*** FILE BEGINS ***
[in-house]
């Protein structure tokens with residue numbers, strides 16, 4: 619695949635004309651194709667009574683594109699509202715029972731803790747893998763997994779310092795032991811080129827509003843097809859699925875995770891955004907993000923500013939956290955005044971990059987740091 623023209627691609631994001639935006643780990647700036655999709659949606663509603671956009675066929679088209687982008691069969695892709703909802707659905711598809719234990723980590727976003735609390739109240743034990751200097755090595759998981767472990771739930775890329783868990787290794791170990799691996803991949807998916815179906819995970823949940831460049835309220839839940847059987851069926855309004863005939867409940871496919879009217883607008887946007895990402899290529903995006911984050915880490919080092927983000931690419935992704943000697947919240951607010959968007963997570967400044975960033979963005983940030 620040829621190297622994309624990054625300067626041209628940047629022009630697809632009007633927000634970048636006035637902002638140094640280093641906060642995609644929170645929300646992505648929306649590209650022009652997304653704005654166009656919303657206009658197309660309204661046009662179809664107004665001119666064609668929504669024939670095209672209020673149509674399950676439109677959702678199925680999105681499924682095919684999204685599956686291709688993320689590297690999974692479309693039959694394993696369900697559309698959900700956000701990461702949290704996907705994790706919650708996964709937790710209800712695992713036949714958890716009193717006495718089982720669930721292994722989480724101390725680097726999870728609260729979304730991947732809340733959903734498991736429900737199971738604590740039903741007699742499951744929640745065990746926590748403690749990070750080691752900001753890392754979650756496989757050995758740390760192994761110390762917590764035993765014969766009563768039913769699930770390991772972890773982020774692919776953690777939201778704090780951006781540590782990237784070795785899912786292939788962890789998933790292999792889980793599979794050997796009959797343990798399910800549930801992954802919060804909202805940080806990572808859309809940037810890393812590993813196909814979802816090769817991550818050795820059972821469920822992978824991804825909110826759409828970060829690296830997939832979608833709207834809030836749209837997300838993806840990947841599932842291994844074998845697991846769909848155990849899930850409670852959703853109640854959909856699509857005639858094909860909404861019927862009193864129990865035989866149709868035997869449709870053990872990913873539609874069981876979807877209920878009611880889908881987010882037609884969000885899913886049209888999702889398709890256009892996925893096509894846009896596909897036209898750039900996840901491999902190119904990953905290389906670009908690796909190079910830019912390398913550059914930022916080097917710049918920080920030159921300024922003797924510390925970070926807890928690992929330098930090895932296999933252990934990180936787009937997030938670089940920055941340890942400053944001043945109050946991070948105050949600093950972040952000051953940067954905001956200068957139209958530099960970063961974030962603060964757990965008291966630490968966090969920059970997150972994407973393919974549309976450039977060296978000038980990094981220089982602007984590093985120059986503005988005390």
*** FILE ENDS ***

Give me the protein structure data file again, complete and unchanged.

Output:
[in-house]
């Protein structure tokens with residue numbers, strides 16, 4: 619695949635004309651194709667009574683594109699509202715029972731803790747893998763997994779310092795032991811080129827509003843097809859699925875995770891955004907993000923500013939956290955005044971990059987740091 623023209627691609631994001639935006643780990647700036655999709659949606663509603671956009675066929679088209687982008691069969695892709703909802707659905711598809719234990723980590727976003735609390739109240743034990751200097755090595759998981767472990771739930775890329783868990787290794791170990799691996803991949807998916815179906819995970823949940831460049835309220839839940847059987851069926855309004863005939867409940871496919879009217883607008887946007895990402899290529903995006911984050915880490919080092927983000931690419935992704943000697947919240951607010959968007963997570967400044975960033979963005983940030 620040829621190297622994309624990054625300067626041209628940047629022009630697809632009007633927000634970048636006035637902002638140094640280093641906060642995609644929170645929300646992505648929306649590209650022009652997304653704005654166009656919303657206009658197309660309204661046009662179809664107004665001119666064609668929504669024939670095209672209020673149509674399950676439109677959702678199925680999105681499924682095919684999204685599956686291709688993320689590297690999974692479309693039959694394993696369900697559309698959900700956000701990461702949290704996907705994790706919650708996964709937790710209800712695992713036949714958890716009193717006495718089982720669930721292994722989480724101390725680097726999870728609260729979304730991947732809340733959903734498991736429900737199971738604590740039903741007699742499951744929640745065990746926590748403690749990070750080691752900001753890392754979650756496989757050995758740390760192994761110390762917590764035993765014969766009563768039913769699930770390991772972890773982020774692919776953690777939201778704090780951006781540590782990237784070795785899912786292939788962890789998933790292999792889980793599979794050997796009959797343990798399910800549930801992954802919060804909202805940080806990572808859309809940037810890393812590993813196909814979802816090769817991550818050795820059972821469920822992978824991804825909110826759409828970060829690296830997939832979608833709207834809030836749209837997300838993806840990947841599932842291994844074998845697991846769909848155990849899930850409670852959703853109640854959909856699509857005639858094909860909404861019927862009193864129990865035989866149709868035997869449709870053990872990913873539609874069981876979807877209920878009611880889908881987010882037609884969000885899913886049209888999702889398709890256009892996925893096509894846009896596909897036209898750039900996840901491999902190119904990953905290389906670009908690796909190079910830019912390398913550059914930022916080097917710049918920080920030159921300024922003797924510390925970070926807890928690992929330098930090895932296999933252990934990180936787009937997030938670089940920055941340890942400053944001043945109050946991070948105050949600093950972040952000051953940067954905001956200068957139209958530099960970063961974030962603060964757990965008291966630490968966090969920059970997150972994407973393919974549309976450039977060296978000038980990094981220089982602007984590093985120059986503005988005390």